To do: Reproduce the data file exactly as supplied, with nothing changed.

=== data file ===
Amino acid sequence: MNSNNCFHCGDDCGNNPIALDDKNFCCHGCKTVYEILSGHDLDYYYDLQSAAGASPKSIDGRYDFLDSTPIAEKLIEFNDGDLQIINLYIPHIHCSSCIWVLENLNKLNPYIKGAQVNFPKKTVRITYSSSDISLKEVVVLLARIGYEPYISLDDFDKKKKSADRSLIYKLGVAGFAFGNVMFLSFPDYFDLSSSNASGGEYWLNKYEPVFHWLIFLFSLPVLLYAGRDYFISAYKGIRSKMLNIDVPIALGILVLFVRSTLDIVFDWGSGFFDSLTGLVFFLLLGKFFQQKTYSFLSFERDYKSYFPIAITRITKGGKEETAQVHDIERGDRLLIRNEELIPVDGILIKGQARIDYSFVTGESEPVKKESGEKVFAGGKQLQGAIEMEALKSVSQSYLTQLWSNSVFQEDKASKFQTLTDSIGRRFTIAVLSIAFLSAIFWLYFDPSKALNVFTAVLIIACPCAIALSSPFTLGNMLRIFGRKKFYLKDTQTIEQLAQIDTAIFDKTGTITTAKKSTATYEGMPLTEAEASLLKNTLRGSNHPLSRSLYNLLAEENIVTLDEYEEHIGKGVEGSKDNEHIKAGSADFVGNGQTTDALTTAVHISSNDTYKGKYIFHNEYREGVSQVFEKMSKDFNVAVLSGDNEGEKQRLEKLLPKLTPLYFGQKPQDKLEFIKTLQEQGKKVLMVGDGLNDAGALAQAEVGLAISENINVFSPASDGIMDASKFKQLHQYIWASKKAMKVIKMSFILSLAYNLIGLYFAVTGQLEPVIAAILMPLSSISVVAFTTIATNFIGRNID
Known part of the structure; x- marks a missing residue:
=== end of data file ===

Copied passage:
Amino acid sequence: MNSNNCFHCGDDCGNNPIALDDKNFCCHGCKTVYEILSGHDLDYYYDLQSAAGASPKSIDGRYDFLDSTPIAEKLIEFNDGDLQIINLYIPHIHCSSCIWVLENLNKLNPYIKGAQVNFPKKTVRITYSSSDISLKEVVVLLARIGYEPYISLDDFDKKKKSADRSLIYKLGVAGFAFGNVMFLSFPDYFDLSSSNASGGEYWLNKYEPVFHWLIFLFSLPVLLYAGRDYFISAYKGIRSKMLNIDVPIALGILVLFVRSTLDIVFDWGSGFFDSLTGLVFFLLLGKFFQQKTYSFLSFERDYKSYFPIAITRITKGGKEETAQVHDIERGDRLLIRNEELIPVDGILIKGQARIDYSFVTGESEPVKKESGEKVFAGGKQLQGAIEMEALKSVSQSYLTQLWSNSVFQEDKASKFQTLTDSIGRRFTIAVLSIAFLSAIFWLYFDPSKALNVFTAVLIIACPCAIALSSPFTLGNMLRIFGRKKFYLKDTQTIEQLAQIDTAIFDKTGTITTAKKSTATYEGMPLTEAEASLLKNTLRGSNHPLSRSLYNLLAEENIVTLDEYEEHIGKGVEGSKDNEHIKAGSADFVGNGQTTDALTTAVHISSNDTYKGKYIFHNEYREGVSQVFEKMSKDFNVAVLSGDNEGEKQRLEKLLPKLTPLYFGQKPQDKLEFIKTLQEQGKKVLMVGDGLNDAGALAQAEVGLAISENINVFSPASDGIMDASKFKQLHQYIWASKKAMKVIKMSFILSLAYNLIGLYFAVTGQLEPVIAAILMPLSSISVVAFTTIATNFIGRNID
Known part of the structure; x- marks a missing residue: